Great crested newts are front and centre of a South Midlands district licensing scheme. Photograph: Dirk Ercken/123RF Great crested newts are front and centre of a South Midlands district licensing scheme. Photograph: Dirk Ercken/123RF

The debrief: How a district licensing scheme is raising funds from developers to protect newts

One Midlands scheme aims to show that with the right strategy and people in place, district licensing can throw off the ‘licence to trash’ label

PROJECT: District licensing
ORGANISATIONS INVOLVED: NatureSpace Partnership, South Midlands Newt Conservation Partnership, and Amphibian and Reptile Conservation

District licensing schemes have been called a ‘licence to trash’, but environmental consultancy NatureSpace Partnership insists great crested newts and the environment are front and centre of the project it is running on behalf of seven councils in the South Midlands. “We are implementing a conservation scheme,” insists NatureSpace’s conservation director, Sarah Garratt.

For some people, great crested newts have long symbolised what is wrong with environmental protection in the EU because of the strict safeguards they enjoy under the Habitats Directive and the bureaucratic process that must be followed to mitigate any habitat loss.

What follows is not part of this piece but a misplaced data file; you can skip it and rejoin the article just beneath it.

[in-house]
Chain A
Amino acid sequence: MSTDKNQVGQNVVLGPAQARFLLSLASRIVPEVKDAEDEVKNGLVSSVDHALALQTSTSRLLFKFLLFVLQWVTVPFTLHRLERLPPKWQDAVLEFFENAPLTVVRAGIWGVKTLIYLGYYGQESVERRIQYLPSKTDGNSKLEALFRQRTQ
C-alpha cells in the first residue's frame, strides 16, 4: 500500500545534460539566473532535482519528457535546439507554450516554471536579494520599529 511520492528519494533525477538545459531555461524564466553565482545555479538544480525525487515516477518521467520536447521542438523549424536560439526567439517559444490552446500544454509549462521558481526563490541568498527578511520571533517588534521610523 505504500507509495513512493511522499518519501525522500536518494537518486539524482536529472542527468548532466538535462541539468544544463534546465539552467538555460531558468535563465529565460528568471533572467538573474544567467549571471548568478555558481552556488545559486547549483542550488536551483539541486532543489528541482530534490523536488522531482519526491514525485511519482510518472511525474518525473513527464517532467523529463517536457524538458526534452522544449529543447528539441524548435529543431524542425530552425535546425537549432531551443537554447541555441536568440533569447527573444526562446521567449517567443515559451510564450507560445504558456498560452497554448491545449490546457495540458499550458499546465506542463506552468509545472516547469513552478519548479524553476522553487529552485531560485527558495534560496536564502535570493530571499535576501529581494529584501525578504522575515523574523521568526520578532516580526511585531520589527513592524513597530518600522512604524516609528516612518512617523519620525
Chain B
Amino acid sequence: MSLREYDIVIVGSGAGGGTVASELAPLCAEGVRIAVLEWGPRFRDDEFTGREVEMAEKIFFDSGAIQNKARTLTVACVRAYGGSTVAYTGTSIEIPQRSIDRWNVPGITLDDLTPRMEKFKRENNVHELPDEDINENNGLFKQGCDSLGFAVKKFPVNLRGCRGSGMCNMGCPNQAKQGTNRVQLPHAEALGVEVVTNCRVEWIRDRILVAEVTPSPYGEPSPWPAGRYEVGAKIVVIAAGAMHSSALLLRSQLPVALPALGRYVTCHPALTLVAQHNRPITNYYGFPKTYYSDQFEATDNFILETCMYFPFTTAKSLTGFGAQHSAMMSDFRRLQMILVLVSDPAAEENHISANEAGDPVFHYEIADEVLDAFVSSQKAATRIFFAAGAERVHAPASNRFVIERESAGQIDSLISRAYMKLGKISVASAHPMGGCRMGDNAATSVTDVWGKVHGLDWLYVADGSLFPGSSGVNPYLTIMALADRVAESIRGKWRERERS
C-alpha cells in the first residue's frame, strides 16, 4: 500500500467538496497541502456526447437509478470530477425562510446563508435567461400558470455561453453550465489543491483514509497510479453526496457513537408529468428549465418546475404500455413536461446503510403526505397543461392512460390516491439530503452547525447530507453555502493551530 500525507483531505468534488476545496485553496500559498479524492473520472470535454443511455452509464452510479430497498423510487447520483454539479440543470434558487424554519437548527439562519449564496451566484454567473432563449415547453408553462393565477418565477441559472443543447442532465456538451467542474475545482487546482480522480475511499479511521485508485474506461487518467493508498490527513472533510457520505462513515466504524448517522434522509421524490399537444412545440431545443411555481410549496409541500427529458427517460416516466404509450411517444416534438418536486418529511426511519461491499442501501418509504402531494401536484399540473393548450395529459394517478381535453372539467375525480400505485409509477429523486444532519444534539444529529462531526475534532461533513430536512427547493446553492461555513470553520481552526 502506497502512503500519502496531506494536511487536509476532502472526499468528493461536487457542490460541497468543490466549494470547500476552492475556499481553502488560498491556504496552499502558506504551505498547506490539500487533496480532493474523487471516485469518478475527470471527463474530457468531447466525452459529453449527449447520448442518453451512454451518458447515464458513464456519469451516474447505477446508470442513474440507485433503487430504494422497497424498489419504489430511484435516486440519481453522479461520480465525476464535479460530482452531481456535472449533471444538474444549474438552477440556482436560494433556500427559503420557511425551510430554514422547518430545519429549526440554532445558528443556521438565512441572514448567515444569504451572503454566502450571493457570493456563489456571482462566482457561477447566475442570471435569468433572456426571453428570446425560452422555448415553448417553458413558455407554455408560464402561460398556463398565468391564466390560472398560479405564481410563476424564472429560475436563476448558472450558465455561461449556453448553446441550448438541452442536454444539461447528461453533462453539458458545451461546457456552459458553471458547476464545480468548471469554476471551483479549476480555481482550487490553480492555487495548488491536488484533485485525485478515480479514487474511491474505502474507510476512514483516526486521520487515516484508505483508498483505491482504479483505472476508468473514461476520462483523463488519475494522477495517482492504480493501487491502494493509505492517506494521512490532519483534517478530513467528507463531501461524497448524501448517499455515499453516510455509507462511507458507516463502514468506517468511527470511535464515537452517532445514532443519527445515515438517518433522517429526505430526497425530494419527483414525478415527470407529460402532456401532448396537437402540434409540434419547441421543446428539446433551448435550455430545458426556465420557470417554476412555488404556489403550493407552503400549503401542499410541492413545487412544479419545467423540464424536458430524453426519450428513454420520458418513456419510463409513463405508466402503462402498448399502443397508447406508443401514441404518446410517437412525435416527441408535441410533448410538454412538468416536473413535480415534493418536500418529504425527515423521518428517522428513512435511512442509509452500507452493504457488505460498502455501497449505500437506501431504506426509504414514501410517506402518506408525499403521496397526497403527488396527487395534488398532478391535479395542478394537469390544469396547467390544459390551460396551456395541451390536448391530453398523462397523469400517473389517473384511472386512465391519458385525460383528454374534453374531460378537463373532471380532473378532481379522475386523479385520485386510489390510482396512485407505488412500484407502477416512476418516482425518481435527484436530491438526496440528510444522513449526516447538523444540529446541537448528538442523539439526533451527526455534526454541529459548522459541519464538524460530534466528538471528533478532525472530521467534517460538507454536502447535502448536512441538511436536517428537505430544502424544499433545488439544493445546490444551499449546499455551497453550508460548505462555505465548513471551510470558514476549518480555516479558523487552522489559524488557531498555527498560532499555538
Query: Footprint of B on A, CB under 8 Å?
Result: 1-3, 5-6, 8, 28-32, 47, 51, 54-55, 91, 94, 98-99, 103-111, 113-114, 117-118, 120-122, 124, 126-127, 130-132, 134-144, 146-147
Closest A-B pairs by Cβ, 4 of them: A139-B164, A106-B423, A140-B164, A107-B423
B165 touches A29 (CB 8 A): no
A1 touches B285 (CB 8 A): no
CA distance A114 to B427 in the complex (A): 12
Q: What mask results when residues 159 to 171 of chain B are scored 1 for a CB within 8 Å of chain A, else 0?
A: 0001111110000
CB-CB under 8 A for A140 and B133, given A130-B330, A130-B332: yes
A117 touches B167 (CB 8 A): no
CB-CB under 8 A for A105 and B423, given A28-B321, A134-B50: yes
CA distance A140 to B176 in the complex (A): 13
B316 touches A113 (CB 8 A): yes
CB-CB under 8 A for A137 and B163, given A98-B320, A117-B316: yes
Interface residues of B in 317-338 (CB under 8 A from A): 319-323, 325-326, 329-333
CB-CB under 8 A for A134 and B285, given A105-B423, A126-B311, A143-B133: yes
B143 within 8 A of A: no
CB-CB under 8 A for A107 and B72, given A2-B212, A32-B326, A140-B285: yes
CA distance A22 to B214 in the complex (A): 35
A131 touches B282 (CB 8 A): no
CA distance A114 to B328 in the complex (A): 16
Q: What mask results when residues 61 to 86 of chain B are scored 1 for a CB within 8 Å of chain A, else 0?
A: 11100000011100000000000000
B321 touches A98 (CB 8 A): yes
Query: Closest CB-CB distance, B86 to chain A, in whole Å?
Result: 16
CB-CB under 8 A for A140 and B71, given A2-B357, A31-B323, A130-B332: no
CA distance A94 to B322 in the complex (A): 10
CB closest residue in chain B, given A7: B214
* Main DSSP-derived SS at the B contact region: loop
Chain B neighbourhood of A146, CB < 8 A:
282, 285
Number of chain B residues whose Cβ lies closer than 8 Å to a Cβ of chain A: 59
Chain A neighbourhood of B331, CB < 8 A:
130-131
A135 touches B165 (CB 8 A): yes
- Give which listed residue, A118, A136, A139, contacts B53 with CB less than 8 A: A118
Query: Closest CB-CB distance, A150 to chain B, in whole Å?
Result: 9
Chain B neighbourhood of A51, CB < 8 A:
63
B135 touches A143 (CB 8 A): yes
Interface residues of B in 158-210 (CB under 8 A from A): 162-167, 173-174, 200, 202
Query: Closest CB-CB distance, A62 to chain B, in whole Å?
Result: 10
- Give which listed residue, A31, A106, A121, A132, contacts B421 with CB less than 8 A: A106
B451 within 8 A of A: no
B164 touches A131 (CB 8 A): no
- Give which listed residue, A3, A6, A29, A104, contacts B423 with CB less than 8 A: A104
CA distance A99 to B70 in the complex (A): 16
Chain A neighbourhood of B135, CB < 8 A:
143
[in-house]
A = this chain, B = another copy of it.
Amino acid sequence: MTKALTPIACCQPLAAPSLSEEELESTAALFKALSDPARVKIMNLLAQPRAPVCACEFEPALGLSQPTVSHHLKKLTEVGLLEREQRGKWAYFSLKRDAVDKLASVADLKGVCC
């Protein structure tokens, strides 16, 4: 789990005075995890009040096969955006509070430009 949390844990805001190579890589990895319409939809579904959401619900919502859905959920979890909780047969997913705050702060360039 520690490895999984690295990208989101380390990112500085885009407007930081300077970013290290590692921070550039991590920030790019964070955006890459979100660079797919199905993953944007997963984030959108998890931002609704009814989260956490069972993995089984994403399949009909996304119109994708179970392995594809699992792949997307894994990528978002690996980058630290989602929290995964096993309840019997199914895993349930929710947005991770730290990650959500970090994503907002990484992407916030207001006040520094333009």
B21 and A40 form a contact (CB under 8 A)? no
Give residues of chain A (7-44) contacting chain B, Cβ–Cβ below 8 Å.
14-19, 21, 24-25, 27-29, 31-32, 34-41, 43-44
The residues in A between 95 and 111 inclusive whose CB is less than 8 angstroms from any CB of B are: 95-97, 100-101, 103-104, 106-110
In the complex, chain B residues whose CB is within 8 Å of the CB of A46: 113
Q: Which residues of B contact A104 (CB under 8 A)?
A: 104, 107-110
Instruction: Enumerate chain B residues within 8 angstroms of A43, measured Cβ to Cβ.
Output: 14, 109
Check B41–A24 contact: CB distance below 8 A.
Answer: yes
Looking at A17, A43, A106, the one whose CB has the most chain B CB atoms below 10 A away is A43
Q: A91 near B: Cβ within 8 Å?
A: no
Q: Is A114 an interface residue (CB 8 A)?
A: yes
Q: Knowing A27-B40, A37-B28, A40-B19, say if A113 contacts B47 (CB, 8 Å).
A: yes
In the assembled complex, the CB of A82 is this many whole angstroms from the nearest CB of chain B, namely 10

Just one ‘crestie’ on a site can hold up a project for months, and developers are required to put in place expensive and – for some – pointless on-site mitigation. In 2008, one council leader in the Midlands complained that complying with legislation for great crested newts on a road project had cost £1m.

With district licensing, developers do not have to apply for a licence to destroy great crested newt habitat or move animals because an authorised body has already obtained it. Instead, they must pay into a pot to offset any losses, and that money is used to create new habitat elsewhere.

Under NatureSpace’s scheme, four new ponds must be created for every one lost, though according to Garratt, they are aiming to double that.

And it is not just ponds that must be created – great crested newts, like other amphibians, spend most of their lives out of water, and need good terrestrial habitat for feeding, moving about and hibernating. Good cover is essential, experts say. 

In a similar way to how net gain operates, compensation increases with the quality of the newt habitat being lost. “If the impacts are very high, then they pay more,” Garratt says, “so it discourages people from trashing good-quality habitat.”

Who’s in?

So far about 30 developers have opted in to the voluntary scheme, with 10 projects authorised to go ahead. A total of £250,000 has been levied – it goes into a fund for both habitat creation and long-term management and monitoring, for a minimum of 25 years.

While NatureSpace administers the scheme, the pond creation and management work is commissioned and carried out by the South Midlands Newt Conservation Partnership (SMNCP). This has been running since February 2018, and its job is to find suitable sites, engage with landowners and commission contractors to do the spadework. So far it has created 39 new ponds in advance of the planned developments.

SMNCP chief executive Pascale Nicolet says finding the right place and the right landowners is crucial.